If you want to stimulate yourself into writing, amuse yourself in wordless ways. Instead of going to a theater, hear a symphony orchestra, or go by yourself to a museum; go alone for long walks, or ride by yourself on a bus-top. If you will conscientiously refuse to talk or read you will find yourself compensating for it to your great advantage.

Like I said earlier, ‘a divulgence of many past thoughts.’ I realized she was right. In retrospect, I thought about music and what it does to my creativity. I thought about how often I resolve the most complex issues while walking alone, quietly fishing, sitting in the woods or a park bench while watching ocean waves lap against a sandy shoreline. I thought about how often, after reading, I was simply exhausted as if I were in the story and for hours the effect of the story would invade my actions. I began to realize the story become you and you become the story. Then I thought…If I have someone else’s thoughts in my head, where in the hell are my thoughts?

DTB continued with regard to a well-known writer that would sit for two hours a day on a park bench. He used to lie on the grass of his back garden and stare at the sky, but some member of the family always seized the occasion to sit beside him for a nice talk. He would begin to talk about the work he had in mind would discover the urgent desire to write the story disappeared as soon as he had got it thoroughly talked out.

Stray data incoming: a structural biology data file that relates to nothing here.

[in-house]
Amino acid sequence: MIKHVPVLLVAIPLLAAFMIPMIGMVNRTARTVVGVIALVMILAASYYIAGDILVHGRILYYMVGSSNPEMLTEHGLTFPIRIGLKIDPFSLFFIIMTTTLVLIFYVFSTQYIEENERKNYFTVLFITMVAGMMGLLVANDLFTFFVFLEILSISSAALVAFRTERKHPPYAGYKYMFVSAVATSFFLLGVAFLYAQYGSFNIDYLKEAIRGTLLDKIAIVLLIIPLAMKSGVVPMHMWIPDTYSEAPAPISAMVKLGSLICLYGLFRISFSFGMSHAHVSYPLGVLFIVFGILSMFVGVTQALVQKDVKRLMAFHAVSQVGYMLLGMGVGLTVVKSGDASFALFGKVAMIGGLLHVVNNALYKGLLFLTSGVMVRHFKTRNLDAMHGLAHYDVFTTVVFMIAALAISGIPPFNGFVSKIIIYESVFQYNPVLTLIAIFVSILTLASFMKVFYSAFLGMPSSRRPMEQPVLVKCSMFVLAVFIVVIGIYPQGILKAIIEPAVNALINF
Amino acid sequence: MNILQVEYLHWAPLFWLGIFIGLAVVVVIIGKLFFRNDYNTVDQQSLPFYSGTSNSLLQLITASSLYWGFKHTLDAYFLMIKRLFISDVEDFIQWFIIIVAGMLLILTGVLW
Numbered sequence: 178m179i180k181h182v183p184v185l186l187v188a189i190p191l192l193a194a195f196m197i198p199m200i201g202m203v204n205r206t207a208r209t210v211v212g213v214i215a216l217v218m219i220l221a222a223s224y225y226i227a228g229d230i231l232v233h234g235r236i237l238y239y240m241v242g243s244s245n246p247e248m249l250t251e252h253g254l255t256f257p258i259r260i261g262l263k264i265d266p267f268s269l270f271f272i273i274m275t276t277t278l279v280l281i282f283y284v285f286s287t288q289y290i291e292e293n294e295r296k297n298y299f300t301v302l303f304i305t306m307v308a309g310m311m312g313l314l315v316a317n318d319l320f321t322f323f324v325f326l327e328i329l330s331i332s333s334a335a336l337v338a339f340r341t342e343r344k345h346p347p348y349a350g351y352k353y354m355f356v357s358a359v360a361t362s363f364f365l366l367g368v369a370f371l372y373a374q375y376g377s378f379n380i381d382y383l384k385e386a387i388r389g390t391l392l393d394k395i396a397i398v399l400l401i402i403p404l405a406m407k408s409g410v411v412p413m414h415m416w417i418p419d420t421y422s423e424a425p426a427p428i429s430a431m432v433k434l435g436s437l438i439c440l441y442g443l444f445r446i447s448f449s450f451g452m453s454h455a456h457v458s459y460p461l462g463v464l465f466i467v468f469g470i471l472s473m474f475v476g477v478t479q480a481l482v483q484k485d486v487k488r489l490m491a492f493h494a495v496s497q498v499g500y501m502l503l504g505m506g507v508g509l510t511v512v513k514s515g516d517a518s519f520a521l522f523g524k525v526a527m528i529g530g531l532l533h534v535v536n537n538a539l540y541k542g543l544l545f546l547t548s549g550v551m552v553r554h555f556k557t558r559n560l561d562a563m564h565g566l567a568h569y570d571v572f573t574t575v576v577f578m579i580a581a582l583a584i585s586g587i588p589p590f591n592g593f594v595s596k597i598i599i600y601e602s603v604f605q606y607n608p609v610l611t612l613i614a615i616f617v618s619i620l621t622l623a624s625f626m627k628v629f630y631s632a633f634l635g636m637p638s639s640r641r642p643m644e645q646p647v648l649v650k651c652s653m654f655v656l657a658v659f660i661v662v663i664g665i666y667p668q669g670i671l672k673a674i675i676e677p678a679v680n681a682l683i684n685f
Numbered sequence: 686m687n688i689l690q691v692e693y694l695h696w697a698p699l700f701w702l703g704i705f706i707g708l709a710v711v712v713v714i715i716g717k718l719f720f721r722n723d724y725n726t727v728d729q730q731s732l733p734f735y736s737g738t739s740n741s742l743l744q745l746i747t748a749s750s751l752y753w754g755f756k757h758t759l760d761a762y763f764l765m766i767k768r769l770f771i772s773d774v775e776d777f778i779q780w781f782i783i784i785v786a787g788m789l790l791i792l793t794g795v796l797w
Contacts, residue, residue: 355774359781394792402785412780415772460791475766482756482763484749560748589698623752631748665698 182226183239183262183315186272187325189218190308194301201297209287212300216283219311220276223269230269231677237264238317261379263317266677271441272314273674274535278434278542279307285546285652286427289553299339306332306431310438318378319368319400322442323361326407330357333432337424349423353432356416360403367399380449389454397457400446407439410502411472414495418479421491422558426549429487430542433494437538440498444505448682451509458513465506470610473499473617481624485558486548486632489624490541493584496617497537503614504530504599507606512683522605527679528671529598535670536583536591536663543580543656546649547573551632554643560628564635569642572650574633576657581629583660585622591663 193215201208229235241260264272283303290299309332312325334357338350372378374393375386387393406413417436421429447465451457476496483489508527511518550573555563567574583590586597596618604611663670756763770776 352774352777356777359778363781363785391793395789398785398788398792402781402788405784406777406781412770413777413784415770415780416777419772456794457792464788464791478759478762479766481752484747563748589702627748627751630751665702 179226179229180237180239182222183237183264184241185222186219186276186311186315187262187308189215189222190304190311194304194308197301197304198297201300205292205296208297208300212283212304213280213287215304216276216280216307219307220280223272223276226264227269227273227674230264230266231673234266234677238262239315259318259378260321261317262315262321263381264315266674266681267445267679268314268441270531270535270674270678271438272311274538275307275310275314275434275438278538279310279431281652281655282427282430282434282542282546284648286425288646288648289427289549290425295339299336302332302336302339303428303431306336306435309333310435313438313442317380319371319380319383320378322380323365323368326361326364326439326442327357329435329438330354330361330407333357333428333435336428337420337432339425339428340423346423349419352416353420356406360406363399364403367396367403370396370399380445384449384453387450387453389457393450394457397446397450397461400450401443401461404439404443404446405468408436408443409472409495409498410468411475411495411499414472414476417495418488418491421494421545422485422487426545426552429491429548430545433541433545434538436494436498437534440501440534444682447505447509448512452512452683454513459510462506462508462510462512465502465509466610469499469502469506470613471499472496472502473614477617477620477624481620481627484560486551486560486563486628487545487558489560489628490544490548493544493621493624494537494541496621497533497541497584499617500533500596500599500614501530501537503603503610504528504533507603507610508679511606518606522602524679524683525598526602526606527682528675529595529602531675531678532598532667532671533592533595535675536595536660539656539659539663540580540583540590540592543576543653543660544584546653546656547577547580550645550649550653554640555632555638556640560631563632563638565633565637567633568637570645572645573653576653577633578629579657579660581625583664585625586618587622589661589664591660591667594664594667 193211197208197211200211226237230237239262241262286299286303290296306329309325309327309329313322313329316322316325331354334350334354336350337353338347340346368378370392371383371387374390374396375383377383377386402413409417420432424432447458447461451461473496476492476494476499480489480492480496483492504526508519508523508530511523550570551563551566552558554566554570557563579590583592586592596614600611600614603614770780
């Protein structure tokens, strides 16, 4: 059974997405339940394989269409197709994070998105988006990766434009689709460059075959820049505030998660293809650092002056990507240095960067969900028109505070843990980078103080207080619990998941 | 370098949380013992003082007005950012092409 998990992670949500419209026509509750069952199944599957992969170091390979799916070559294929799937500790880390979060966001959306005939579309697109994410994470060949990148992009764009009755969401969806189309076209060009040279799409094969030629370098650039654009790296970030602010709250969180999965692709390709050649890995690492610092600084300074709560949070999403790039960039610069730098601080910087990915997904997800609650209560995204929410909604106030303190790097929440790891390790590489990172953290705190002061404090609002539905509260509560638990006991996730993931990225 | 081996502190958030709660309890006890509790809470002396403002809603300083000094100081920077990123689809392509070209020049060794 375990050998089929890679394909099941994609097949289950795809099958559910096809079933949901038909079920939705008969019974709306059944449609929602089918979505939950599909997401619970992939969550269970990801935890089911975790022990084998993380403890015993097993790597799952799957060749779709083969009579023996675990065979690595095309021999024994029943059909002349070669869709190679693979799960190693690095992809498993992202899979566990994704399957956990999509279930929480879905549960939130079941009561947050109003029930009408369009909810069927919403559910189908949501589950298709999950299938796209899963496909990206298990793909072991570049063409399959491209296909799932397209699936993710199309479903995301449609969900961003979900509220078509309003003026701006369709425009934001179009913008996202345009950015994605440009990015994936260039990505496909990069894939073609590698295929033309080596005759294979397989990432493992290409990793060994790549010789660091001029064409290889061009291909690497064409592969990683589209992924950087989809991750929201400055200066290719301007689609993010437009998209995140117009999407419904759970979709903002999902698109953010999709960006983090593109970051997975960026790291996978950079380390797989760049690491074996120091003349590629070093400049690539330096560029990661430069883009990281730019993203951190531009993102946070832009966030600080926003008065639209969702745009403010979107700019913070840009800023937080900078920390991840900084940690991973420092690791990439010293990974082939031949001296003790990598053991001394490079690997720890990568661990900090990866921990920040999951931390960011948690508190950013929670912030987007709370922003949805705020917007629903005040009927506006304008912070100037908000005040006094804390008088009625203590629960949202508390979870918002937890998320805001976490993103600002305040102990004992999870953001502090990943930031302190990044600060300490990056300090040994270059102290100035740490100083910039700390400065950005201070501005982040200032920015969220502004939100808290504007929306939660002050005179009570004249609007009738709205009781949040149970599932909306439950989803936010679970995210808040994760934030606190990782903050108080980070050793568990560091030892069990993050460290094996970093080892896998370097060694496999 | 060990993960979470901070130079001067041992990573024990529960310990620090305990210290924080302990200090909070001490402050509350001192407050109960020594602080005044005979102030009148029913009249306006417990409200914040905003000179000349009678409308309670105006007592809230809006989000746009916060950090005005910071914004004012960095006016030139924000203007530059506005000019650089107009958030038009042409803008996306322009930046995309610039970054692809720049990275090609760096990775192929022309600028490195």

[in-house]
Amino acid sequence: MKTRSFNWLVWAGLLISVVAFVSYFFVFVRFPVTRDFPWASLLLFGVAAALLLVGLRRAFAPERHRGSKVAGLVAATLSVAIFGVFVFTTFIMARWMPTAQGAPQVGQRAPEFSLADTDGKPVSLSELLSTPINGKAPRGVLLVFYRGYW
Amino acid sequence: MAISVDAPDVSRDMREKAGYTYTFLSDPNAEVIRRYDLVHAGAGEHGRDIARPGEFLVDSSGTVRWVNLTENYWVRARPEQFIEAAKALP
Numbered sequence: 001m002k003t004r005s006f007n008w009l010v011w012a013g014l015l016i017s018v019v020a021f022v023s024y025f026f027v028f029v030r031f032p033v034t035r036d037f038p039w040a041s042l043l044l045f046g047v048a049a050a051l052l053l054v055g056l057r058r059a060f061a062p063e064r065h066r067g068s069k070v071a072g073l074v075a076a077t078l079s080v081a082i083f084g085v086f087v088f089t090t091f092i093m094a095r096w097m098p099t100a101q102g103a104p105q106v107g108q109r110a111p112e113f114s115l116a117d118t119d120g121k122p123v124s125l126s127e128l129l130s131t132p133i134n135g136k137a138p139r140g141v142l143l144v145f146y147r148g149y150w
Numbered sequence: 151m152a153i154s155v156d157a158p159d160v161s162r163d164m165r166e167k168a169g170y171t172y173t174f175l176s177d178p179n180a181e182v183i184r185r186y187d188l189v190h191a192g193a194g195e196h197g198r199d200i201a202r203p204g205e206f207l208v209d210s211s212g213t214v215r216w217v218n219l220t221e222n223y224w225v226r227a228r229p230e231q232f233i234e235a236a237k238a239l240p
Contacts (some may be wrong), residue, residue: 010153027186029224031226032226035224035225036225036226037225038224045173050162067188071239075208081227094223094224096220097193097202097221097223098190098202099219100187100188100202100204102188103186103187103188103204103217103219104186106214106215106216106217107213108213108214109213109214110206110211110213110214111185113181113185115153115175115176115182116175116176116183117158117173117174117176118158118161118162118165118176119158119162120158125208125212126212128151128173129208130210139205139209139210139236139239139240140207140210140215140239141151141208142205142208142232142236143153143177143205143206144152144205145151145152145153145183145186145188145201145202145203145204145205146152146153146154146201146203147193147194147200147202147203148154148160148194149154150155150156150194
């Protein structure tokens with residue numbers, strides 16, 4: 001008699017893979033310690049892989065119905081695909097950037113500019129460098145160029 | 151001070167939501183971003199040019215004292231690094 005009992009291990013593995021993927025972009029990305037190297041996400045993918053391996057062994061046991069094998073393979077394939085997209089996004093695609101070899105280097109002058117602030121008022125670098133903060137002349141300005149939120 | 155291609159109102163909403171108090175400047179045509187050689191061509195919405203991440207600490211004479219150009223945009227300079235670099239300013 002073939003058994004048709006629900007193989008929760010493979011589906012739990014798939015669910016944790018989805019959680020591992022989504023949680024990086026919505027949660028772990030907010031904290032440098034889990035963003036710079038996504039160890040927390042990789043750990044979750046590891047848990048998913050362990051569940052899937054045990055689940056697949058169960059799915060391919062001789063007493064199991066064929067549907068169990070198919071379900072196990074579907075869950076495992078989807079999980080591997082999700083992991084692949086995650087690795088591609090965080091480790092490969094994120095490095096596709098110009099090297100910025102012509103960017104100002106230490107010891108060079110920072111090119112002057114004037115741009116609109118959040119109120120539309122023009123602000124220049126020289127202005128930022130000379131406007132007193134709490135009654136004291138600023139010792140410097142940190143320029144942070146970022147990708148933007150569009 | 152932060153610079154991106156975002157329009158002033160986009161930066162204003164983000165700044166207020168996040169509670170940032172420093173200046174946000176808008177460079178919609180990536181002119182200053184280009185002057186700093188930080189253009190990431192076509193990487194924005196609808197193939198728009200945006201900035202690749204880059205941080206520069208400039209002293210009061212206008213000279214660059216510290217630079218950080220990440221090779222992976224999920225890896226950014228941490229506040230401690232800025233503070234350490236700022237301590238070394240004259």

There are only two people I know of that have said this. The other was Hemingway toward the end of his Nobel prize acceptance speech.

A writer should write what he has to say and not speak it.”

I have a pen holder on my desk—a gift from my son—to remind me of this. Of all the rules I have read about writing, this is one of the truest. Do you recall how tired you are after a long conversation? Writing is no different. If you explained your story (not yet complete) to a colleague, very simply you would talk it out leaving you little to write.

I think this is a challenge with writer’s critique groups. Each week you take in a bit of your unfinished story and read to your peers. They critique, which means, changes your mind, style, words, thoughts, and they send you off feeling like you have fucked something up. The truth is, they are your words and your style and the only person that should say anything is your editor and (hopefully) publisher. I think one should complete their story and then (and only then) take the semi-edited version to your colleagues for review. The one rule to remember is that opinions are like armpits. Everyone has at least two, and they usually stink.

No comments:

Post a Comment

Follow The Interrupted Writer by email